When Laurie Thomas Wallace took the CDP’s Healthcare Leadership for Mass Casualty Incidents (HCL) course, she commented on the CDP’s Facebook page that training at the CDP was an “awesome experience” and that the CDP’s “role players are fantastic!” The Bloomburg, Penn., native is a clinical educator in respiratory care services with Geisinger Health System in Danville, Penn., and is just one of thousands of students who interact with the CDP’s role players every year.
The CDP provides advanced, hands-on training to which the center’s role players add an extra level of realism during the end-of-course exercises and the Integrated Capstone Event (ICE), exercises in which students from several courses work together in a culminating, all-hazard, mass casualty incident training exercise.
The CDP’s role players take on many different characters during an exercise, depending on the scenario, according to Chuck Medley, assistant director for Training Delivery. Many of the actors take on the parts of injured survivors in the mass casualty exercises, but they also portray elected officials, concerned family members or fellow responders.
They act from scripts that are written to advance the goals of the exercise, Medley explained. Depending on the exercise, the CDP will use as few as five or as many as 100 role players.
The CDP’s role players represent a diverse group, he said. They range in age from young adult to senior citizen and include persons with special needs, such as those who are physically challenged. They also represent victims who are deaf, blind, have language barriers or are pet owners who have their pets with them.
“They add realism and a sense of urgency to the exercises,” Medley said. “A mannequin can depict an injured person in an exercise and give the students a subject to triage and treat. It takes the training to a whole new level when you have someone in front of you who is bleeding and screaming for help.”
The role players participate in exercises for several CDP courses. For example, in the Emergency Medical Operations for CBRNE Incidents (EMO) course, the role players may portray victims at the incident scene, screaming for help from the smoky confines of a subway car. In the Field Force Operations (FFO) course exercise, the role players take on the personas of irate protestors, causing civil unrest to which police officers are called to respond. For the Field Force Extrication Tactics (FFE) course, the actors may take on the parts of environmentalists who have chained themselves to railings outside of a chemical company. In that scenario, law enforcement officers in the FFE course respond with the tools to safely remove the protestors from the devices. In the HCL course, a role player may portray an elected official, such as the mayor, who shows up at the scene demanding to be briefed on the incident response, while another will be a concerned family member demanding assistance for his wounded loved one. They also play various roles in the ICEs.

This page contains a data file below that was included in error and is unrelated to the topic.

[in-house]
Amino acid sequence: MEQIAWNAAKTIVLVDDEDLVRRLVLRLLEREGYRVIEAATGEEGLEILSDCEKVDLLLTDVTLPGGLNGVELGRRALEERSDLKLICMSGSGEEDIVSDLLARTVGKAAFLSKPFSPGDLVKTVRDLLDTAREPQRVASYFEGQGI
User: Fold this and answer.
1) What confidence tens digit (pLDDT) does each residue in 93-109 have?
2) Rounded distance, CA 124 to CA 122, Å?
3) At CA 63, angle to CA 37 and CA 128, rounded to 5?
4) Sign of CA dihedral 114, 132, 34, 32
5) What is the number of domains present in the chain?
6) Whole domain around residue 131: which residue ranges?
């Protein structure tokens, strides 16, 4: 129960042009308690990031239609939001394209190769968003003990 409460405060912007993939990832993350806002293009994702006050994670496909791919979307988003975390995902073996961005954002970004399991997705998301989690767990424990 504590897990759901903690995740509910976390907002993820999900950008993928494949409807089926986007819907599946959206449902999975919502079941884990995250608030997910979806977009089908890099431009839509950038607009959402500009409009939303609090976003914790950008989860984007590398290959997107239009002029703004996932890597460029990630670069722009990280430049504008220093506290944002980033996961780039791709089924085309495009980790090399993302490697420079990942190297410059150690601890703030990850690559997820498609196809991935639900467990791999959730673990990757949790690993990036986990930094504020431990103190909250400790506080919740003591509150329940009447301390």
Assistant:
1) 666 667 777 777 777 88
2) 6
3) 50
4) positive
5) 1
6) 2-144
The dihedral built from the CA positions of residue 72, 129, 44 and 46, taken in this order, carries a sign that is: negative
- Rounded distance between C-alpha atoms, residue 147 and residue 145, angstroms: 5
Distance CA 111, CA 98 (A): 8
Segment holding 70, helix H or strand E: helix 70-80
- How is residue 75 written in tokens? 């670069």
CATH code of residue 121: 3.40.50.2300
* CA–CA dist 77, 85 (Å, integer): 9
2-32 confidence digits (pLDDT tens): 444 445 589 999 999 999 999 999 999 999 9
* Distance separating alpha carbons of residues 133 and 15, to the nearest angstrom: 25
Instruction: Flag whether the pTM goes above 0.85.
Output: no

“The role players portray the people the responders are likely to encounter at a real incident response,” Medley said.
The actors are an integral part of the exercises they support. In many cases, they portray “injects” or clues for the students that support the exercise objectives. In one instance, a “patient” shows up exhibiting symptoms such as a high fever, runny nose, a cough and a bad rash. In so many words, the actor is telling the student he has measles, which adds an extra complexity to the response. In addition, the role players keep the exercise focused on the learning objectives. They add stress and adjust the operational tempo of the exercise.
“While we knew it was an exercise in training, you kept thinking in your mind, ‘Is it? Is it really?’” said HCL student Vicki Buchanan, a nurse supervisor at Florida Hospital Zephyrhills. “The pressure was on, and it was absolutely intense.”
Note: This paragraph will be included only for the website version: State, local, tribal and territorial responders have the opportunity to take CDP courses and maybe interact with the CDP’s role players by signing up for CDP training. Not every CDP course includes an exercise in which role players make an appearance, but every course is fully funded by Department of Homeland Security, including travel, lodging and meals. Get more information on CDP training and sign up online at http://cdp.dhs.gov.